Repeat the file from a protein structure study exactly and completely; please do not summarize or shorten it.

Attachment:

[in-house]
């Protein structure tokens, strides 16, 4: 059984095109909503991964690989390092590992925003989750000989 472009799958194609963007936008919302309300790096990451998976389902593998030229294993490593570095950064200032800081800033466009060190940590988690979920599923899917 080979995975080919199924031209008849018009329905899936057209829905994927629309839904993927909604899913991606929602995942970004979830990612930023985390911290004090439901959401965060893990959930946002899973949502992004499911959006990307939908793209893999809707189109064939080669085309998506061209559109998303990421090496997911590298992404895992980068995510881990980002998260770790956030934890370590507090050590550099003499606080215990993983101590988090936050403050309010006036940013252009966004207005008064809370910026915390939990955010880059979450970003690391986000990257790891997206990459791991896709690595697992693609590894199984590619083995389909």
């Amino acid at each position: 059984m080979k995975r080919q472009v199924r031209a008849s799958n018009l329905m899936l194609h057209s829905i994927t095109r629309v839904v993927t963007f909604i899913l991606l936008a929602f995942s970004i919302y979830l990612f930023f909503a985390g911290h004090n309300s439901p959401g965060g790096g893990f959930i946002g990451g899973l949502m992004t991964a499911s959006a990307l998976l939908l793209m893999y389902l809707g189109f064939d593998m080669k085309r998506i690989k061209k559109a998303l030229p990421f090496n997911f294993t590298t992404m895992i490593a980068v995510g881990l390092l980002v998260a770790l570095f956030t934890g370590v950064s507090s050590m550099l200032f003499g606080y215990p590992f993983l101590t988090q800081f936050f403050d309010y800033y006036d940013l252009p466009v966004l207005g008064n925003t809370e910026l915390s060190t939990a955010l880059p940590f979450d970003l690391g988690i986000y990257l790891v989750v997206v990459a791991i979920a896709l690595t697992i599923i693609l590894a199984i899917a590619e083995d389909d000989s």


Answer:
[in-house]
């Protein structure tokens, strides 16, 4: 059984095109909503991964690989390092590992925003989750000989 472009799958194609963007936008919302309300790096990451998976389902593998030229294993490593570095950064200032800081800033466009060190940590988690979920599923899917 080979995975080919199924031209008849018009329905899936057209829905994927629309839904993927909604899913991606929602995942970004979830990612930023985390911290004090439901959401965060893990959930946002899973949502992004499911959006990307939908793209893999809707189109064939080669085309998506061209559109998303990421090496997911590298992404895992980068995510881990980002998260770790956030934890370590507090050590550099003499606080215990993983101590988090936050403050309010006036940013252009966004207005008064809370910026915390939990955010880059979450970003690391986000990257790891997206990459791991896709690595697992693609590894199984590619083995389909």
């Amino acid at each position: 059984m080979k995975r080919q472009v199924r031209a008849s799958n018009l329905m899936l194609h057209s829905i994927t095109r629309v839904v993927t963007f909604i899913l991606l936008a929602f995942s970004i919302y979830l990612f930023f909503a985390g911290h004090n309300s439901p959401g965060g790096g893990f959930i946002g990451g899973l949502m992004t991964a499911s959006a990307l998976l939908l793209m893999y389902l809707g189109f064939d593998m080669k085309r998506i690989k061209k559109a998303l030229p990421f090496n997911f294993t590298t992404m895992i490593a980068v995510g881990l390092l980002v998260a770790l570095f956030t934890g370590v950064s507090s050590m550099l200032f003499g606080y215990p590992f993983l101590t988090q800081f936050f403050d309010y800033y006036d940013l252009p466009v966004l207005g008064n925003t809370e910026l915390s060190t939990a955010l880059p940590f979450d970003l690391g988690i986000y990257l790891v989750v997206v990459a791991i979920a896709l690595t697992i599923i693609l590894a199984i899917a590619e083995d389909d000989s």